Friday, September 09, 2005

Britain - BBC: Creating Authority Where None Exists

The BBC has many tricks up its sleeve when it comes to bias. Sometimes they don't even bother to hide it, as in their coverage of the Katrina disaster.

Other times they are so arrogant they just throw it in your face, as in Justin Webb's famous quote.

America is often portrayed as an ignorant, unsophisticated sort of place, full of bible bashers and ruled to a dangerous extent by trashy television, superstition and religious bigotry, a place lacking in respect for evidence based knowledge.

I know that is how it is portrayed because I have done my bit to paint that picture, and that picture is in many respects a true one.

Sometimes they are more subtle and use stealth editing to go back and change a bias they've been caught out in. Other times it's bias by omission - leaving out important information - so as to make the story mean the opposite of the truth.

There is another bias trick the BBC uses that goes largely unnoticed - except by bloggers. That trick is creating authority where none exists.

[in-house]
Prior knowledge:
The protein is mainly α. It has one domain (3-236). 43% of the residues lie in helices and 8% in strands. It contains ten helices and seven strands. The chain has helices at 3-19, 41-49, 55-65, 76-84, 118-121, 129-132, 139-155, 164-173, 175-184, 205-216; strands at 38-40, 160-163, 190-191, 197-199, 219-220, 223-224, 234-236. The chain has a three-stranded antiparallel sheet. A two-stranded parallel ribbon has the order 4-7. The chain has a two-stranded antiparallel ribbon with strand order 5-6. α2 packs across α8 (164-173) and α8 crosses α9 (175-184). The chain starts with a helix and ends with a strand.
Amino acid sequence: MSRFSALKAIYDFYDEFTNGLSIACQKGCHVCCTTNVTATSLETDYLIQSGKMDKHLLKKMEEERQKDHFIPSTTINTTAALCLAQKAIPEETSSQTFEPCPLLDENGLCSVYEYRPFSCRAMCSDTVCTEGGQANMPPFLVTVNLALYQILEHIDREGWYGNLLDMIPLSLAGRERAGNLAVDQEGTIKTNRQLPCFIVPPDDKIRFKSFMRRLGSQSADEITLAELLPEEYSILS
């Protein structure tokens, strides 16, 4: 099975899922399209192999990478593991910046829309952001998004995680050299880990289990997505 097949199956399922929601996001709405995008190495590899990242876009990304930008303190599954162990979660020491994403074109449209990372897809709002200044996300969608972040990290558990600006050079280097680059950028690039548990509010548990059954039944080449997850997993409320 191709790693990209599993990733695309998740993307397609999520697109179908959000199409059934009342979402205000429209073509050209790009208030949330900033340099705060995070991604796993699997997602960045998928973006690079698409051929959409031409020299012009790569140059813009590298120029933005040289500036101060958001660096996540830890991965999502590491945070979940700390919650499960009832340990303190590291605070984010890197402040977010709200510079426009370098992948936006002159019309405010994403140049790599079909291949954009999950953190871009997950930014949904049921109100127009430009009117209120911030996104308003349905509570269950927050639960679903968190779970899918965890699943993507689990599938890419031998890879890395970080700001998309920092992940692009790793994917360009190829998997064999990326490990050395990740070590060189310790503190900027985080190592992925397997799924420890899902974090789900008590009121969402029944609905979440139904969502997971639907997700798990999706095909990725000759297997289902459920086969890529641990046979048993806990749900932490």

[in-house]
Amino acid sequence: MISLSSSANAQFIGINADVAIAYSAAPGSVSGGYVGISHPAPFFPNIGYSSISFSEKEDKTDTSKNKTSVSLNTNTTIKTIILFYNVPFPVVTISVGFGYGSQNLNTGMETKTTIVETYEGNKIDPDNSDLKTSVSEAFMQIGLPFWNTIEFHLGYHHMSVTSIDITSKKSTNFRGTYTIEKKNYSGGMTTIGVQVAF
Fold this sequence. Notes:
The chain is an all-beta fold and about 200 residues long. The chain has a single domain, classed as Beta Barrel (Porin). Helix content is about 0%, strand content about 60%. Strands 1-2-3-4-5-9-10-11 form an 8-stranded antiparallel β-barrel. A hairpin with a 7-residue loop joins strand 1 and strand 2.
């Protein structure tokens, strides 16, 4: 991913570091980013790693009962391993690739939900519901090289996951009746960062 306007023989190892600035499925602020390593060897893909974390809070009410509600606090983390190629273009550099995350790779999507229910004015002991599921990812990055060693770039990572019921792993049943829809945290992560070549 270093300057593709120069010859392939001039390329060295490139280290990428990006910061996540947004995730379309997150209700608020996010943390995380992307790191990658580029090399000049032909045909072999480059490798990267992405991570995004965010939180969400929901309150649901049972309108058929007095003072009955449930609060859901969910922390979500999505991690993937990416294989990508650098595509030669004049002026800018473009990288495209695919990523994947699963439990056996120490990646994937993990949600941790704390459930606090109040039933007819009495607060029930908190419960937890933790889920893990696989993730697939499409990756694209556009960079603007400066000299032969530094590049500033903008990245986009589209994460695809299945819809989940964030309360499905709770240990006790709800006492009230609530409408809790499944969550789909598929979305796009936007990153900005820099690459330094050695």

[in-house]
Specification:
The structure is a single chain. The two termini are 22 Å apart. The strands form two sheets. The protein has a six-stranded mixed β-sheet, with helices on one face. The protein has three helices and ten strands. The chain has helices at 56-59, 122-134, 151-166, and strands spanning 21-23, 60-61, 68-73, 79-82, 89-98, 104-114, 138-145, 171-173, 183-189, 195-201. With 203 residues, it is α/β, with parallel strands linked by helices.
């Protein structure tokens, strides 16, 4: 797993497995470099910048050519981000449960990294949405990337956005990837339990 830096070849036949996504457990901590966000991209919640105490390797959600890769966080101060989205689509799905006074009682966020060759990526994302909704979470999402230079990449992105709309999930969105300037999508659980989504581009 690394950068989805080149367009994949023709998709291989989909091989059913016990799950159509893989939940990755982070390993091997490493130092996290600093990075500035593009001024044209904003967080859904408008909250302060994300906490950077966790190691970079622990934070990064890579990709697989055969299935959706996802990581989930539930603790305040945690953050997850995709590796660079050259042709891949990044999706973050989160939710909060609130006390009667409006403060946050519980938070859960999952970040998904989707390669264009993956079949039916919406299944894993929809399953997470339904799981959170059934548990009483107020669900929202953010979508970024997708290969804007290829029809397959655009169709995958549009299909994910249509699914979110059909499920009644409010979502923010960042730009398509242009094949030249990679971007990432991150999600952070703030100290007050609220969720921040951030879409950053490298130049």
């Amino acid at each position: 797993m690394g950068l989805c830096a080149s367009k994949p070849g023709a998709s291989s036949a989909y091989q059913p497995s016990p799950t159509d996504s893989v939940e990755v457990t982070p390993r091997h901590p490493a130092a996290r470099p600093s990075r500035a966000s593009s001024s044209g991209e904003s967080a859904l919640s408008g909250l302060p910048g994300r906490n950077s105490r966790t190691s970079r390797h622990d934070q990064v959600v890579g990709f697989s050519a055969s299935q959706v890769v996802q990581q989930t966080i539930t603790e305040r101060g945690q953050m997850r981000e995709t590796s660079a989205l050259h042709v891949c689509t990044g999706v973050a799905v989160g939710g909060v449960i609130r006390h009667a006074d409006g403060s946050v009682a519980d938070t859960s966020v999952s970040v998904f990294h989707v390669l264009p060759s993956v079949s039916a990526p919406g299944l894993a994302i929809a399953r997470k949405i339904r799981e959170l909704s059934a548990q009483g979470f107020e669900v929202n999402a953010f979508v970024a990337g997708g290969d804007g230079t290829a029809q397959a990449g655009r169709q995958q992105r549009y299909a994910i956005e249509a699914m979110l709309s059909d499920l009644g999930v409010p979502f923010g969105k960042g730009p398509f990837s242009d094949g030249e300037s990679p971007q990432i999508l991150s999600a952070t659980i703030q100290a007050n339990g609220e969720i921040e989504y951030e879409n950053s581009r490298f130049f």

Take this BBC article where they make the claim that there are splits in Bush's administration over Iraq. What's there proof?

And in a sign of splits emerging within Mr Bush's party, a senior Republican senator, Chuck Hagel, has said publicly that the war in Iraq is starting to look like that in Vietnam.

In one fell swoop the BBC just promoted Chuck Hagel for as Powerline points out:

What exactly makes Chuck Hagel a "leading Republican senator"? Not seniority; he is a second-termer. Not any official responsibilities; Hagel is not a member of the Senate leadership, nor does he chair a Senate committee. Not legislative accomplishment or influence; Hagel has little noteworthy legislation to his name, and is more often an eccentric voice--e.g., in his call for reinstatement of the draft--than an influence on his fellow Senators.

Scott catches veteran BBC reporter John Simpson elevating far leftist, Juan Cole, to "respected US authority on the Middle East". Cole is nothing of the sort and Scott fisks Simpson good or it.

Snippet but read the whole thing:

Following the London bombings in July, Cole dazzled his readers by proclaiming with the utmost authority that “Britain's South Asian Muslim community is almost certainly not the origin of this attack.” Whoops.

Cole has been caught out at various times misrepresenting people, from falsely accusing a former Reagan official of “urging the nuking of Mecca” to claiming that the 9/11 commission had implicated Ariel Sharon's policies as an impetus to the 9/11 attacks. He's even gone so far as to misrepresent himself, altering his pre-war position on Iraq after the fact.


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